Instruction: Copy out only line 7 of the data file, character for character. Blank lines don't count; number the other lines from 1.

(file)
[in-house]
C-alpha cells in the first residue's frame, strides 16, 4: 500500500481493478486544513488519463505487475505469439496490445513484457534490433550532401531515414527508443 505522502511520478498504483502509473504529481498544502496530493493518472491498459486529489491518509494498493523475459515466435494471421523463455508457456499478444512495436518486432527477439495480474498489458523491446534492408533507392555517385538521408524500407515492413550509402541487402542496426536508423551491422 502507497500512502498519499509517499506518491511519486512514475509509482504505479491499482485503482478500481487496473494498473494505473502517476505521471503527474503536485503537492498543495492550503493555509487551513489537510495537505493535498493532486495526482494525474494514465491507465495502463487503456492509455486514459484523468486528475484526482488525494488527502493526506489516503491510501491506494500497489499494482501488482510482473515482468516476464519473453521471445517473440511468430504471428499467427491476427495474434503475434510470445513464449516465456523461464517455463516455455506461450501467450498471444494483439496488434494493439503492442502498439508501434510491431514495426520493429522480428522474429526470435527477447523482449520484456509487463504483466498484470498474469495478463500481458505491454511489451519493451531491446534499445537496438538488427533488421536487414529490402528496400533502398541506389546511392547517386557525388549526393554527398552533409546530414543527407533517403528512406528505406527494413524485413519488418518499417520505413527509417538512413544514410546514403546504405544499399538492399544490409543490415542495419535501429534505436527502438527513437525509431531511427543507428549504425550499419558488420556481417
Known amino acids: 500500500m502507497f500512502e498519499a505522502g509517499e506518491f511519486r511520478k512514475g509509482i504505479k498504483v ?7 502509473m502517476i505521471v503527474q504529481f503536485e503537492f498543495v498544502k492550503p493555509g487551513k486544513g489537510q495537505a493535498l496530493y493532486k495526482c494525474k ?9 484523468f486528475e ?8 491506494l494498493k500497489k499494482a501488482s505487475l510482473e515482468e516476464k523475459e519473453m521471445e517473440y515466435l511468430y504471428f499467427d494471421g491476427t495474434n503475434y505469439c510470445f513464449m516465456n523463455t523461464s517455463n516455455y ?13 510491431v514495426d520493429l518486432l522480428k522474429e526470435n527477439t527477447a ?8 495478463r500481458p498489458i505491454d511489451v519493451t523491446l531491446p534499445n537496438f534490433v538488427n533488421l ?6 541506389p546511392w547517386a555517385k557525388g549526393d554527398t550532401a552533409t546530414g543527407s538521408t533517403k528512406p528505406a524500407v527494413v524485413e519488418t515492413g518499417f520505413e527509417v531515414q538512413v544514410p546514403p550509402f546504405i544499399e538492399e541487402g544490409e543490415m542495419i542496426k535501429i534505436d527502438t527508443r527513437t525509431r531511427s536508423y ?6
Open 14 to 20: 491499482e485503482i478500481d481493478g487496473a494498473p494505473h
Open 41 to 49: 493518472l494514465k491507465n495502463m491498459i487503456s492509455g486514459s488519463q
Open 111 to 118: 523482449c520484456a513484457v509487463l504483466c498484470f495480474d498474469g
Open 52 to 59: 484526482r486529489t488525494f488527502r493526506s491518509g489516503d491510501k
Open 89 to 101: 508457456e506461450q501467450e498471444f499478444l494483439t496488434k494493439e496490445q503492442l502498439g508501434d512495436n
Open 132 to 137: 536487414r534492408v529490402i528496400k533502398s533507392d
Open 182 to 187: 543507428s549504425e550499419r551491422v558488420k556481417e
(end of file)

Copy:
Open 52 to 59: 484526482r486529489t488525494f488527502r493526506s491518509g489516503d491510501k